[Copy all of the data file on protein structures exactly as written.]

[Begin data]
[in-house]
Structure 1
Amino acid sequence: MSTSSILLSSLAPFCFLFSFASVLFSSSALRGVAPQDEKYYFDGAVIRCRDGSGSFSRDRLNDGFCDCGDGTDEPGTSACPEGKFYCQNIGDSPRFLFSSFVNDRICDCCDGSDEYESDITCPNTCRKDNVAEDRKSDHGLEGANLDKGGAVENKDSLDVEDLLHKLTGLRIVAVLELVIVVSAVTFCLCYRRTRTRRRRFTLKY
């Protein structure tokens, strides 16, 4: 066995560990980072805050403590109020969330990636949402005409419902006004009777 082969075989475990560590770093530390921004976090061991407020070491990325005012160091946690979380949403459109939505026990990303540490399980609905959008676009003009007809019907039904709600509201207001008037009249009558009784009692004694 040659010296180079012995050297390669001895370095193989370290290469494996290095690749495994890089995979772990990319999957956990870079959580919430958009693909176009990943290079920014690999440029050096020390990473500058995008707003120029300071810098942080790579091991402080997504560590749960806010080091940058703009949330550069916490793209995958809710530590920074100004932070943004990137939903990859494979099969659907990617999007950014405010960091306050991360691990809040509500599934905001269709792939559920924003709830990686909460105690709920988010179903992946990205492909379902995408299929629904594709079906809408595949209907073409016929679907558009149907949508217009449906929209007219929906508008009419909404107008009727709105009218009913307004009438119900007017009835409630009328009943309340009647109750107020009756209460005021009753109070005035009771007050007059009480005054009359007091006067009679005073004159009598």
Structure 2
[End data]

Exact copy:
[in-house]
Structure 1
Amino acid sequence: MSTSSILLSSLAPFCFLFSFASVLFSSSALRGVAPQDEKYYFDGAVIRCRDGSGSFSRDRLNDGFCDCGDGTDEPGTSACPEGKFYCQNIGDSPRFLFSSFVNDRICDCCDGSDEYESDITCPNTCRKDNVAEDRKSDHGLEGANLDKGGAVENKDSLDVEDLLHKLTGLRIVAVLELVIVVSAVTFCLCYRRTRTRRRRFTLKY
């Protein structure tokens, strides 16, 4: 066995560990980072805050403590109020969330990636949402005409419902006004009777 082969075989475990560590770093530390921004976090061991407020070491990325005012160091946690979380949403459109939505026990990303540490399980609905959008676009003009007809019907039904709600509201207001008037009249009558009784009692004694 040659010296180079012995050297390669001895370095193989370290290469494996290095690749495994890089995979772990990319999957956990870079959580919430958009693909176009990943290079920014690999440029050096020390990473500058995008707003120029300071810098942080790579091991402080997504560590749960806010080091940058703009949330550069916490793209995958809710530590920074100004932070943004990137939903990859494979099969659907990617999007950014405010960091306050991360691990809040509500599934905001269709792939559920924003709830990686909460105690709920988010179903992946990205492909379902995408299929629904594709079906809408595949209907073409016929679907558009149907949508217009449906929209007219929906508008009419909404107008009727709105009218009913307004009438119900007017009835409630009328009943309340009647109750107020009756209460005021009753109070005035009771007050007059009480005054009359007091006067009679005073004159009598």
Structure 2